By Guy Murray

There are many religious-based reasons to support the institution of Man-Woman marriage. Most of Christianity looks to traditional biblical support, including both Old and New Testament sources - and there are many others. For the Church of Jesus Christ of Latter-day Saints, it goes beyond biblical precedent. One of the core doctrines that sets us apart from other Christian denominations is the principle of continued and direct revelation between man and God. It was the Rock upon which Christ (Matthew 16:17-19) built His Church both during His earthly ministry and at the inception of the Restoration of His Church in modern time.

The core document describing the doctrinal foundation of Mormon belief about men, women, family, and marriage is The Family: A Proclamation to the World. LDS believe this document is divinely inspired from modern Prophets, Apostles, Seers, and Revelators, whom we believe speak for God on earth. Some, with good reason, sustain the Proclamation as scripture, meaning "the will of the Lord, the mind of the Lord, the word of the Lord, the voice of the Lord, and the power of God unto salvation" (D&C 68:4). Such proclamations are rare. This one was issued in the united and unanimous voices of the Quorums of the Twelve Apostles and the First Presidency, the highest governing bodies in the Mormon Church.

It establishes:

1. Its principles are vital to the happiness and well being of all families;

2. Marriage between a man and woman is ordained of God, and essential to His eternal plan;

3. The family is central to God's eternal plan for mankind;

4. Gender is an essential characteristic of individual premortal, mortal, and eternal identity and purpose;

5. We are commanded to multiply and replenish the earth;

6. Power of procreation is to be used only between man and woman, lawfully wedded as husband and wife;

7. Children are entitled to be born into the bonds of marriage and be reared by both a mother and a father;

8. The disintegration of the family will bring well-prophesied calamities upon individuals, communities, and nations.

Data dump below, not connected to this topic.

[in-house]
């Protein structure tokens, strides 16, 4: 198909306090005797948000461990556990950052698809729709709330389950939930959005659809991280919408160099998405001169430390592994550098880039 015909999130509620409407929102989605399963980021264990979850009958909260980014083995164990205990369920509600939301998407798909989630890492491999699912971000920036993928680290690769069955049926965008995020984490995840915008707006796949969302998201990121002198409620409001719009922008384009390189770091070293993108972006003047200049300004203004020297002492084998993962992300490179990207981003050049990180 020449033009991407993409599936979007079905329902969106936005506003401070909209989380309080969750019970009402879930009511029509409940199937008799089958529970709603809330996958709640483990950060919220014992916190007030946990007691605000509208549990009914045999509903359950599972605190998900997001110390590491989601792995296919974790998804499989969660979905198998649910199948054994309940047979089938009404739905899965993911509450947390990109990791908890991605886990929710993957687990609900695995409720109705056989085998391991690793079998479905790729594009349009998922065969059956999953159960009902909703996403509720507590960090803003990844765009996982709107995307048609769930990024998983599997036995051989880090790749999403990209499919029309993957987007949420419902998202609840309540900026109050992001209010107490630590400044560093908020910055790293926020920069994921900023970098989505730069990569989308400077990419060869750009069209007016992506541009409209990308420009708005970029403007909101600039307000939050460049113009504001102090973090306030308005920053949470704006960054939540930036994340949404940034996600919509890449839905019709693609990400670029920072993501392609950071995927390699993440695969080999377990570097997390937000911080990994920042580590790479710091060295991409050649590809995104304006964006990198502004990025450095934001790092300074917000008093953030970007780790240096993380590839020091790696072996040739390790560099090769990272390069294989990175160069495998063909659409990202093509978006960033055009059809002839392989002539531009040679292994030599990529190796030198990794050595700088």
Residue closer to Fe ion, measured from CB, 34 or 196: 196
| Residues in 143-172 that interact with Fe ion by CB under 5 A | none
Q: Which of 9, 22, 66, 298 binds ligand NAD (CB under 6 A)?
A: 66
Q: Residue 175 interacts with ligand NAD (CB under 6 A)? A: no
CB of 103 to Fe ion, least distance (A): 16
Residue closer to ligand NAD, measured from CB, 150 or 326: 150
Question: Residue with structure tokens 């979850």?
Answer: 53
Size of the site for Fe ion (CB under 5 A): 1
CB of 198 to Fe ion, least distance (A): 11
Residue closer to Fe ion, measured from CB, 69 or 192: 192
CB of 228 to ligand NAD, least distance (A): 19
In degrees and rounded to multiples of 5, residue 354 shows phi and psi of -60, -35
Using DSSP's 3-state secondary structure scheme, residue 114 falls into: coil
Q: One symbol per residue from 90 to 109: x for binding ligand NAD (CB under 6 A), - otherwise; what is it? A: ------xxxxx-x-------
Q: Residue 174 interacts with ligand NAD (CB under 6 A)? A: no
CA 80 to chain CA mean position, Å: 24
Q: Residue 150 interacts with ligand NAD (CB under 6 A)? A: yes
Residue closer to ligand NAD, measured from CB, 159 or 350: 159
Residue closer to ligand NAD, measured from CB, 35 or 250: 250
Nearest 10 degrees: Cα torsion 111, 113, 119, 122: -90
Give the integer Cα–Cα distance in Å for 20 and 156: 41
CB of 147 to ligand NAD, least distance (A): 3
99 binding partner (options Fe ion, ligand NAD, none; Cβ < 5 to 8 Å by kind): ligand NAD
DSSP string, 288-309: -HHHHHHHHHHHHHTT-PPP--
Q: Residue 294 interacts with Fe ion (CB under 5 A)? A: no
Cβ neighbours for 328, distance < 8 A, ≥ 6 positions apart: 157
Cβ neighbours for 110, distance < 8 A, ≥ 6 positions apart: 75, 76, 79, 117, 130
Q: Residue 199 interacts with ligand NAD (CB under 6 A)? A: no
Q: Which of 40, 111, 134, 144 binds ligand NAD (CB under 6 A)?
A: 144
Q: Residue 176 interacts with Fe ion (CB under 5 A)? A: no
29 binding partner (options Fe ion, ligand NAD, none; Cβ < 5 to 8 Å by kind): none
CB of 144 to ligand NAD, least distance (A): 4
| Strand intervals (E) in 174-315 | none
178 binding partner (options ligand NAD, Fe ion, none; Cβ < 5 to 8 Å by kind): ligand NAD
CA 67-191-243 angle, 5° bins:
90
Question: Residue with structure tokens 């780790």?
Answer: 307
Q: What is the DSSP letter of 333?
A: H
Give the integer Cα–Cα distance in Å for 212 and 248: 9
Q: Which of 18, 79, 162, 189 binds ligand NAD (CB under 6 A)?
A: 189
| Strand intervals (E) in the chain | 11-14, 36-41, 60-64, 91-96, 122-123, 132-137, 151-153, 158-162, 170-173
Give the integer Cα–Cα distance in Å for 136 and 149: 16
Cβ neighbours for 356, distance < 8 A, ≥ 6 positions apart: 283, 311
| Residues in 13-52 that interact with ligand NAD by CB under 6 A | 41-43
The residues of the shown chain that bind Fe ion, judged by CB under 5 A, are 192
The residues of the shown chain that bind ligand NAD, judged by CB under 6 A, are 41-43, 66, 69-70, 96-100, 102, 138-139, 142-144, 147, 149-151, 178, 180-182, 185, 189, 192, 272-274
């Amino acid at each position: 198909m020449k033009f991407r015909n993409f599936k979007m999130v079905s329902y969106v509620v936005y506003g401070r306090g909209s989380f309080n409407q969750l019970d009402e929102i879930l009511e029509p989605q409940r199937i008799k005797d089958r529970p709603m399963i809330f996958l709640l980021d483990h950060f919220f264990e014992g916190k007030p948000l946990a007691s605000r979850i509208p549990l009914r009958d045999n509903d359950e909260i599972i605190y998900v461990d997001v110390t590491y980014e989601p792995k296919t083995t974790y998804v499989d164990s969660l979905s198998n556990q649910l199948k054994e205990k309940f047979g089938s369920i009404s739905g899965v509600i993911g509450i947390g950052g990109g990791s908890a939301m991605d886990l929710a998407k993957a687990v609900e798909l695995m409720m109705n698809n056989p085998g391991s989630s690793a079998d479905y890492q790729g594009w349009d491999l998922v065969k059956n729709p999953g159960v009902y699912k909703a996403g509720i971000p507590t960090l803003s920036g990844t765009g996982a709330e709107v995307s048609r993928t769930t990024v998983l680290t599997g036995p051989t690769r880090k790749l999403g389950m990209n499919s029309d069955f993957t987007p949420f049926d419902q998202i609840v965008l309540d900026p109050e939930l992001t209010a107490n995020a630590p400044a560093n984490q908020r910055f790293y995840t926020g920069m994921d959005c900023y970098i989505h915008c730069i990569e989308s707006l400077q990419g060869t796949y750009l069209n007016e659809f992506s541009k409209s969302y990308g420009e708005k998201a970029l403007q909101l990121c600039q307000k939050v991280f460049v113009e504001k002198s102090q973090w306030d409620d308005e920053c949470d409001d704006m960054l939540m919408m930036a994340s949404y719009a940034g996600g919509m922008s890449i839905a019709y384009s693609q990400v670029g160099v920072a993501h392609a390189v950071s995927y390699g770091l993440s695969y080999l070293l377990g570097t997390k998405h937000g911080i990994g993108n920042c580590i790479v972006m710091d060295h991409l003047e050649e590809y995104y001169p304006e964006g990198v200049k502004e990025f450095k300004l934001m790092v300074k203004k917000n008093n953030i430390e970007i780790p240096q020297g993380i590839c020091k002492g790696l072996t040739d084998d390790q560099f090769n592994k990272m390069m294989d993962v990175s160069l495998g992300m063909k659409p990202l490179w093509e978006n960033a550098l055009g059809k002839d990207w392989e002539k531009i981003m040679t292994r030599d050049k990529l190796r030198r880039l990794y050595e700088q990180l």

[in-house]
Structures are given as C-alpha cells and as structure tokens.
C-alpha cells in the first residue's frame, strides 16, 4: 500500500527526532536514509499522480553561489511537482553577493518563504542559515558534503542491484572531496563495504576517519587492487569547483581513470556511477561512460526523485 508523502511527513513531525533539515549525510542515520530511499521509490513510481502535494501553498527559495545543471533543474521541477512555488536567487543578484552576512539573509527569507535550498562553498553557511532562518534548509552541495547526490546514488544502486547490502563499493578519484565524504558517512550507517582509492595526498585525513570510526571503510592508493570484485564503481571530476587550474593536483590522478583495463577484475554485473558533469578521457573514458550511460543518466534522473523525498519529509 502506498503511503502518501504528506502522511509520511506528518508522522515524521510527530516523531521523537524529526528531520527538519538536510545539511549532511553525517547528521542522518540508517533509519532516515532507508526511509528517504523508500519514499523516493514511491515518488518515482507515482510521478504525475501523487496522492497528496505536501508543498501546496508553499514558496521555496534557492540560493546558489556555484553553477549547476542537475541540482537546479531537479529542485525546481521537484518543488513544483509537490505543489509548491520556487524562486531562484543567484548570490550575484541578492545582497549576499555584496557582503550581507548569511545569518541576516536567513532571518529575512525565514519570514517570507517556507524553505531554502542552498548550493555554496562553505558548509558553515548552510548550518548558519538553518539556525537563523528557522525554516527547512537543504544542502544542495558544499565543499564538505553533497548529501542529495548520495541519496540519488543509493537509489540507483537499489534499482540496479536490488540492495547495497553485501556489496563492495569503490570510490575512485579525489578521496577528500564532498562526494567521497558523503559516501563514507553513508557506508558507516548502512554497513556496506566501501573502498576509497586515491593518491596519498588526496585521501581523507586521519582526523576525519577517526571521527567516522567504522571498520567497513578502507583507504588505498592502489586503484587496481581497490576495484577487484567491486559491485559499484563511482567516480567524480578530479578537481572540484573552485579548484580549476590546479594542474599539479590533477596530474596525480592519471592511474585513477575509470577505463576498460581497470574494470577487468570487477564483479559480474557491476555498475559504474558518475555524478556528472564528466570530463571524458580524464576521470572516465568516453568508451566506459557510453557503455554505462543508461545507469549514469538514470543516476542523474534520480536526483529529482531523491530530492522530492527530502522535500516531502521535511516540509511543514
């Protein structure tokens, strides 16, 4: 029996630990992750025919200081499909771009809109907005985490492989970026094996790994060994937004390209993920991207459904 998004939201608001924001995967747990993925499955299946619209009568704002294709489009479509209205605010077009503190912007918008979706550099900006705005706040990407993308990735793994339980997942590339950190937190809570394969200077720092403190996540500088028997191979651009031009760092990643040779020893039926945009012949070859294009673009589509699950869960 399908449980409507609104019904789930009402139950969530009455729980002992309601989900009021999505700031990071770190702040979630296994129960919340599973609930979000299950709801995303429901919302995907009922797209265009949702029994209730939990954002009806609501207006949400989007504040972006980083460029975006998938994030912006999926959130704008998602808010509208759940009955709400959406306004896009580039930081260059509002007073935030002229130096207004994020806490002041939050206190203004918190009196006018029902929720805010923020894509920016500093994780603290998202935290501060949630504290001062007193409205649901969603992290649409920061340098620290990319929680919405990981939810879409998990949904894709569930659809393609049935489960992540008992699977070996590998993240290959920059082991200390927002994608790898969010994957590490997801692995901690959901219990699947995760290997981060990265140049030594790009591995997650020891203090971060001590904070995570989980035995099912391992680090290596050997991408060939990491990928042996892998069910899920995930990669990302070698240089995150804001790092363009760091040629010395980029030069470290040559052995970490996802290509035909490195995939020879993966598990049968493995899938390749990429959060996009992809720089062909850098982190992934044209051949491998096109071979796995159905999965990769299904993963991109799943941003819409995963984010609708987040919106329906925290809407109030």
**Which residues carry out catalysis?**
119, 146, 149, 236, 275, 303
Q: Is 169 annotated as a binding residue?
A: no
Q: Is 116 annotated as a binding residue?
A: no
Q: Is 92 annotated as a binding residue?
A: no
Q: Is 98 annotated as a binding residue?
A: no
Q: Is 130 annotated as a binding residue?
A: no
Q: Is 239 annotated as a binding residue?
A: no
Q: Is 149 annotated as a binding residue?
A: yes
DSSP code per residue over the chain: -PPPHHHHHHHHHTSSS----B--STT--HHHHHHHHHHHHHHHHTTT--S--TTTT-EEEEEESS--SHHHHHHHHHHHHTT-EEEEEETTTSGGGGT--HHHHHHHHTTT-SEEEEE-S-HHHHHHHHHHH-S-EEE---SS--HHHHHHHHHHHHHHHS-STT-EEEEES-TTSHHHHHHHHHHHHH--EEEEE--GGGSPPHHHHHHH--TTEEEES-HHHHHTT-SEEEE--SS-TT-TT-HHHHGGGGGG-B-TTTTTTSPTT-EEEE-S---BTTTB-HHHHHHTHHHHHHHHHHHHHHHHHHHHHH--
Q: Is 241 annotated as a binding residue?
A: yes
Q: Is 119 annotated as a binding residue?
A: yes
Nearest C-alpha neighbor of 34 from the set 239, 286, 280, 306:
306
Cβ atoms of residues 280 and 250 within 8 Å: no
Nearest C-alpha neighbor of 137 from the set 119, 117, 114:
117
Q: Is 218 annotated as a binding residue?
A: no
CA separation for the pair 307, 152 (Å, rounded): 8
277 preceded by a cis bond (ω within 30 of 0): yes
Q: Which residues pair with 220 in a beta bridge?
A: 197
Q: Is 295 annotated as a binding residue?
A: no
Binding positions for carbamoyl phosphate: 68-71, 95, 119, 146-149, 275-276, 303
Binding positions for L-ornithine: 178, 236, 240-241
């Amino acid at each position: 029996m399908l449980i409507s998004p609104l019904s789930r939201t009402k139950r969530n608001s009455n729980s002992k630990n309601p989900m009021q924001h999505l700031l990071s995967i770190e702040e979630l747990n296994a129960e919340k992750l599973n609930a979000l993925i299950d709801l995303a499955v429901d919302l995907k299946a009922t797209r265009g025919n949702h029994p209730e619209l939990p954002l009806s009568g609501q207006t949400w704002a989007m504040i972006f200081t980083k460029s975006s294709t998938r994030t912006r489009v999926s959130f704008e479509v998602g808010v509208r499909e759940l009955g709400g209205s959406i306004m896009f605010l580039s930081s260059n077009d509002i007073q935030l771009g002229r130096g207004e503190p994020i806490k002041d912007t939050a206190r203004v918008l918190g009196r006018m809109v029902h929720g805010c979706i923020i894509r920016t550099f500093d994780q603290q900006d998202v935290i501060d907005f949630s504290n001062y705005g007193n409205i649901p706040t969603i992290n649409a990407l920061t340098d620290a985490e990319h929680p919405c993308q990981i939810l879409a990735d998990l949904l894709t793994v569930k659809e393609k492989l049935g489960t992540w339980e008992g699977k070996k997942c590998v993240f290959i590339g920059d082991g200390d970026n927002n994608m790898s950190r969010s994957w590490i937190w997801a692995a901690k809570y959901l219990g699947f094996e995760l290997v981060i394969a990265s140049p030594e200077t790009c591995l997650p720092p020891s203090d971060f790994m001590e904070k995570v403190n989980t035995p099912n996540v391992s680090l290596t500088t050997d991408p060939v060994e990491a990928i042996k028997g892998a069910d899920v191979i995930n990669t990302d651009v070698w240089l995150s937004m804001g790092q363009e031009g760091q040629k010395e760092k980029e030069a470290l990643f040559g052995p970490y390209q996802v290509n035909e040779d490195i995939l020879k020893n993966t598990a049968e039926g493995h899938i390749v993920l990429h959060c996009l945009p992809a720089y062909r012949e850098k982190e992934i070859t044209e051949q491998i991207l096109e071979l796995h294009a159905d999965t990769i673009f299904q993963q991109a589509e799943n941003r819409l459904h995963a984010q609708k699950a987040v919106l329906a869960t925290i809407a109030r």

These Divine guidelines are plain, precious, easily understood, and unambiguous. They form the basis of why Mormons believe marriage is reserved for men and women only. Expounding on the Proclamation, the Church has noted that marriage is much more than just a civil contract between any number of consenting adults forming a genderless union:

Marriage is not primarily a contract between individuals to ratify their affections and provide for mutual obligations. Rather, marriage and family are vital instruments for rearing children and teaching them to become responsible adults. While governments did not invent marriage, throughout the ages governments of all types have recognized and affirmed marriage as an essential institution in preserving social stability and perpetuating life itself. Hence, regardless of whether marriages were performed as a religious rite or a civil ceremony, married couples in almost every culture have been granted special benefits aimed primarily at sustaining their relationship and promoting the environment in which children are reared. A husband and a wife do not receive these benefits to elevate them above any other two people who may share a residence or social tie, but rather in order to preserve, protect, and defend the all-important institutions of marriage and family.